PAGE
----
After my epic feast at Elizabeth the previous night, I was amazed that I woke up actually hungry again. I ventured out once again to the Windy City, this time taking an Uber X ride to save some time… or so I thought. A very unwise path to downtown by my driver had me sprinting before my reservation ended. Thankfully, I arrive with 2 minutes to spare and was granted access to Rick Bayless’ famous tribute to all things Mexico – Frontera Grill.
Having grown up in Texas, I tend not to favor Mexican restaurants when dining out as it’s just too familiar to me. However, having read extensively about Bayless and his true passion for Mexican food, I figured it was worthy of a visit. I had originally tried to get into his upscale Topolobampo but it was booked out 2 months in advance. Still, Frontera was known for its brunch so I figured it out still be a worth substitute.
While the menu did have some familiar Mexican food tropes, including the tacos al carbon that my server seemed to be pushing hard, there were also some very interesting combinations and elements not typically seen on a menu like this. One that immediately caught my eye was on their Specialties list – Frontera Hot Cakes – Four Sisters’ Garden corn cakes with whipped goat cheese and pecans, two farm sunny side up eggs with Burton’s maple syrup and red chile glazed bacon.
The corn cakes were light and fluffy, and served as a perfect vehicle for the very strong but delicious whipped goat cheese. The pecans were a nice touch and added some texture to each bite. The bacon had some heat due to the red chili glaze but wasn’t overpowering. Overall, a very nice take on a traditional breakfast.
Because I had gotten there so late, it was almost 3PM by the time I finished the corn cakes. I debated whether or not to get something else, opting to hold off and perhaps get something later when wandering around town. However, then I saw that one of the desserts was home made Mexican vanilla ice cream mixed with Torres brandy and a goat milk caramel sauce. And that was simply too good to pass up as I’m a sucker for boozy ice cream.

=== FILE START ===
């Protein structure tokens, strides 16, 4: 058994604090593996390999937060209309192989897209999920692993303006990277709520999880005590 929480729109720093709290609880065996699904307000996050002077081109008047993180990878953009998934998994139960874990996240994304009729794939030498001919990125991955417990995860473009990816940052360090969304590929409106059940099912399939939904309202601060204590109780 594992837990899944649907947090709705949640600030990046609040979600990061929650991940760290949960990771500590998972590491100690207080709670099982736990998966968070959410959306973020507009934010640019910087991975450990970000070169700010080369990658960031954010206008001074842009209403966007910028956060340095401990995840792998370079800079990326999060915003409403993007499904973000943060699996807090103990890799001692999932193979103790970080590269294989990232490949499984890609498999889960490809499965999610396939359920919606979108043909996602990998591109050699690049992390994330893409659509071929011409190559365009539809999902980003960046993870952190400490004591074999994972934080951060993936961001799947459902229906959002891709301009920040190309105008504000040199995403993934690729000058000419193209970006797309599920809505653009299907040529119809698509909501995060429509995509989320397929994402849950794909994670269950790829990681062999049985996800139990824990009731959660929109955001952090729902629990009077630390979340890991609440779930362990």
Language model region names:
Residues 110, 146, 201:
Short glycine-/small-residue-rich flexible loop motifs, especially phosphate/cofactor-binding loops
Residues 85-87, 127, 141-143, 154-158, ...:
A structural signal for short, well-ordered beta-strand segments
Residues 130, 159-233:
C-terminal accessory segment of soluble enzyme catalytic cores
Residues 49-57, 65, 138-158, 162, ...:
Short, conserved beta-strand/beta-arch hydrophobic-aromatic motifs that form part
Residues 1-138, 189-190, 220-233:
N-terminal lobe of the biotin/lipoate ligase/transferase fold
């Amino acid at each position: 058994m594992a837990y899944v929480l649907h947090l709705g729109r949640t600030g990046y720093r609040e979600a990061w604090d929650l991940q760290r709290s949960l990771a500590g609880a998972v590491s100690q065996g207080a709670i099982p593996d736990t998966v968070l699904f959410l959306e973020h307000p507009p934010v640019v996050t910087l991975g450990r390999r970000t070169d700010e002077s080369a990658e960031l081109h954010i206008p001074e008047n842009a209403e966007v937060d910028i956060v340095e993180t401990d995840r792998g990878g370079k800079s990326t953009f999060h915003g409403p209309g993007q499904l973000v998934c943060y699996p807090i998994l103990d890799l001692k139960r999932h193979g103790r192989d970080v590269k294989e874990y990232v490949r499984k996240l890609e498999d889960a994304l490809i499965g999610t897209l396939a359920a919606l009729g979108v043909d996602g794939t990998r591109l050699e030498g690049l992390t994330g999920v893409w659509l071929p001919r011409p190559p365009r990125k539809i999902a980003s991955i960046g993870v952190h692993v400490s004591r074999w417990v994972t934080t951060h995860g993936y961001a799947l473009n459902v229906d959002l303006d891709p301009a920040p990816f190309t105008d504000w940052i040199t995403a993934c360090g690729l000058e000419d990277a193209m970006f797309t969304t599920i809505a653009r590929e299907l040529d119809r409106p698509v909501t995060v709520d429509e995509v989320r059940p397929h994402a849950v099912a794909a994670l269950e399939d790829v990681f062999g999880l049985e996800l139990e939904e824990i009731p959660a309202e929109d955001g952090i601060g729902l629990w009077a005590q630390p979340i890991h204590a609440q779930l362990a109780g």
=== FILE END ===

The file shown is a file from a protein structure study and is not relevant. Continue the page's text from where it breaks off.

Although pricey at $9, this was truly heaven in a bowl. The Mexican vanilla beans had a distinctive taste to them and the Torres brandy flavor was bold and plentiful. However, what took it to the next level was the truly amazing goat milk caramel. Called catena, the warm thickened goat milk with gooey caramel oozed perfectly over the top of the ice cream, creating that wondrous warm melted taste of so many flavors mixed together.
The rest of the afternoon was spent walking around the city and taking a very cool boat ride on the history of Chicago architecture. But enough about that, back to the food…
My next stop was at Grant Achatz’s The Aviary, which had been described as molecular gastromony meets cocktail bar. I had failed to gain entry into Achatz’s famed foodie temple, Alinea, but at least I could get a different take here. Located 2 blocks from Moto, The Aviary was hidden behind a large door with a stern looking women with the dreaded clipboard/headset combo. Fortunately, I had been able to secure a reservation in advance and was soon inside. To the right as I walked in, there was an active kitchen and bar known as “The Birdcage” where the drinks and food were being carefully prepared. Unlike most cocktail bars, I couldn’t order at a bar because of said cage so instead I was offered a seat in the main room.
A friendly server explained the concept and suggested that I do one of the food/cocktail pairings. I had read in advance about the various options and although the 5 course pairing had some appeal, I concluded having 5 cocktails wouldn’t be a good idea. Instead, I chose the 3 course cocktails and decided to do my own food pairings from the small list of ala carte choices.